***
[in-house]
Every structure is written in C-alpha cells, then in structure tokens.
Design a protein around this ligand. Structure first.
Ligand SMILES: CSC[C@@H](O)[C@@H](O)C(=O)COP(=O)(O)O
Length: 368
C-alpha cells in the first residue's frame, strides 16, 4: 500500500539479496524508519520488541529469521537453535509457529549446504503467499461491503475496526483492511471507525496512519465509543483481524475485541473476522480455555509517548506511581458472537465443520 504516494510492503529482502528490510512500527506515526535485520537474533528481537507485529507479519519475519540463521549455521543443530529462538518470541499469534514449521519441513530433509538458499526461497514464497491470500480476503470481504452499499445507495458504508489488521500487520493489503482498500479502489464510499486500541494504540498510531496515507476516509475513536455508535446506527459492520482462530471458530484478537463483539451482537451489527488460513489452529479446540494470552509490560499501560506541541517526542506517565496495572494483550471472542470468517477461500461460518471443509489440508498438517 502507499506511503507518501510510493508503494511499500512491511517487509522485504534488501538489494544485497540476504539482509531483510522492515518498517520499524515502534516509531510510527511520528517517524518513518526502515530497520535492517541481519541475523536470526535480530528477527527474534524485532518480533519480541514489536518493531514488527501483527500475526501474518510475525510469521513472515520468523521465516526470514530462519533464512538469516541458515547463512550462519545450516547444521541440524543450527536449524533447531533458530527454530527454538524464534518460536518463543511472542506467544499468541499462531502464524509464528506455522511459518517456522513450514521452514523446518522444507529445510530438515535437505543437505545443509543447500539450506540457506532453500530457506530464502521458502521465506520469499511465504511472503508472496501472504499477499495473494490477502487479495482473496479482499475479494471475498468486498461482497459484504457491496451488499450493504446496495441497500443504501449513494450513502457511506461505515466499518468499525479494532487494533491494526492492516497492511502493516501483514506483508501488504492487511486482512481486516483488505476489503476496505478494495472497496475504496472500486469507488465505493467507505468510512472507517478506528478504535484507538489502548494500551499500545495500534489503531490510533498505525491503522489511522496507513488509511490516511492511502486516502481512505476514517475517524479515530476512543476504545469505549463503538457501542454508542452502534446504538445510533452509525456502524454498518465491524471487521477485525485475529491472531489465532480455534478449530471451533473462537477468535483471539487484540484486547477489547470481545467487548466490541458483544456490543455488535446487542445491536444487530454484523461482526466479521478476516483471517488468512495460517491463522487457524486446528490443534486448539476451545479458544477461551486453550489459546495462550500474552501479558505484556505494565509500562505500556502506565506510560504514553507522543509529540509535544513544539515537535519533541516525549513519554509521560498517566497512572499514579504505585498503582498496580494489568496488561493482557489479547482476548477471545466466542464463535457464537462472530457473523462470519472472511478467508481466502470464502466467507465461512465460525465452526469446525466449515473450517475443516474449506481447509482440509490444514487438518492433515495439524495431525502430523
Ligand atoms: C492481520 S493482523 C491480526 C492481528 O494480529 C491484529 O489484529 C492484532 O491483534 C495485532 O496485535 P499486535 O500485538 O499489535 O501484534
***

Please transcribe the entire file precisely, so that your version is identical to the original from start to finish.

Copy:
[in-house]
Every structure is written in C-alpha cells, then in structure tokens.
Design a protein around this ligand. Structure first.
Ligand SMILES: CSC[C@@H](O)[C@@H](O)C(=O)COP(=O)(O)O
Length: 368
C-alpha cells in the first residue's frame, strides 16, 4: 500500500539479496524508519520488541529469521537453535509457529549446504503467499461491503475496526483492511471507525496512519465509543483481524475485541473476522480455555509517548506511581458472537465443520 504516494510492503529482502528490510512500527506515526535485520537474533528481537507485529507479519519475519540463521549455521543443530529462538518470541499469534514449521519441513530433509538458499526461497514464497491470500480476503470481504452499499445507495458504508489488521500487520493489503482498500479502489464510499486500541494504540498510531496515507476516509475513536455508535446506527459492520482462530471458530484478537463483539451482537451489527488460513489452529479446540494470552509490560499501560506541541517526542506517565496495572494483550471472542470468517477461500461460518471443509489440508498438517 502507499506511503507518501510510493508503494511499500512491511517487509522485504534488501538489494544485497540476504539482509531483510522492515518498517520499524515502534516509531510510527511520528517517524518513518526502515530497520535492517541481519541475523536470526535480530528477527527474534524485532518480533519480541514489536518493531514488527501483527500475526501474518510475525510469521513472515520468523521465516526470514530462519533464512538469516541458515547463512550462519545450516547444521541440524543450527536449524533447531533458530527454530527454538524464534518460536518463543511472542506467544499468541499462531502464524509464528506455522511459518517456522513450514521452514523446518522444507529445510530438515535437505543437505545443509543447500539450506540457506532453500530457506530464502521458502521465506520469499511465504511472503508472496501472504499477499495473494490477502487479495482473496479482499475479494471475498468486498461482497459484504457491496451488499450493504446496495441497500443504501449513494450513502457511506461505515466499518468499525479494532487494533491494526492492516497492511502493516501483514506483508501488504492487511486482512481486516483488505476489503476496505478494495472497496475504496472500486469507488465505493467507505468510512472507517478506528478504535484507538489502548494500551499500545495500534489503531490510533498505525491503522489511522496507513488509511490516511492511502486516502481512505476514517475517524479515530476512543476504545469505549463503538457501542454508542452502534446504538445510533452509525456502524454498518465491524471487521477485525485475529491472531489465532480455534478449530471451533473462537477468535483471539487484540484486547477489547470481545467487548466490541458483544456490543455488535446487542445491536444487530454484523461482526466479521478476516483471517488468512495460517491463522487457524486446528490443534486448539476451545479458544477461551486453550489459546495462550500474552501479558505484556505494565509500562505500556502506565506510560504514553507522543509529540509535544513544539515537535519533541516525549513519554509521560498517566497512572499514579504505585498503582498496580494489568496488561493482557489479547482476548477471545466466542464463535457464537462472530457473523462470519472472511478467508481466502470464502466467507465461512465460525465452526469446525466449515473450517475443516474449506481447509482440509490444514487438518492433515495439524495431525502430523
Ligand atoms: C492481520 S493482523 C491480526 C492481528 O494480529 C491484529 O489484529 C492484532 O491483534 C495485532 O496485535 P499486535 O500485538 O499489535 O501484534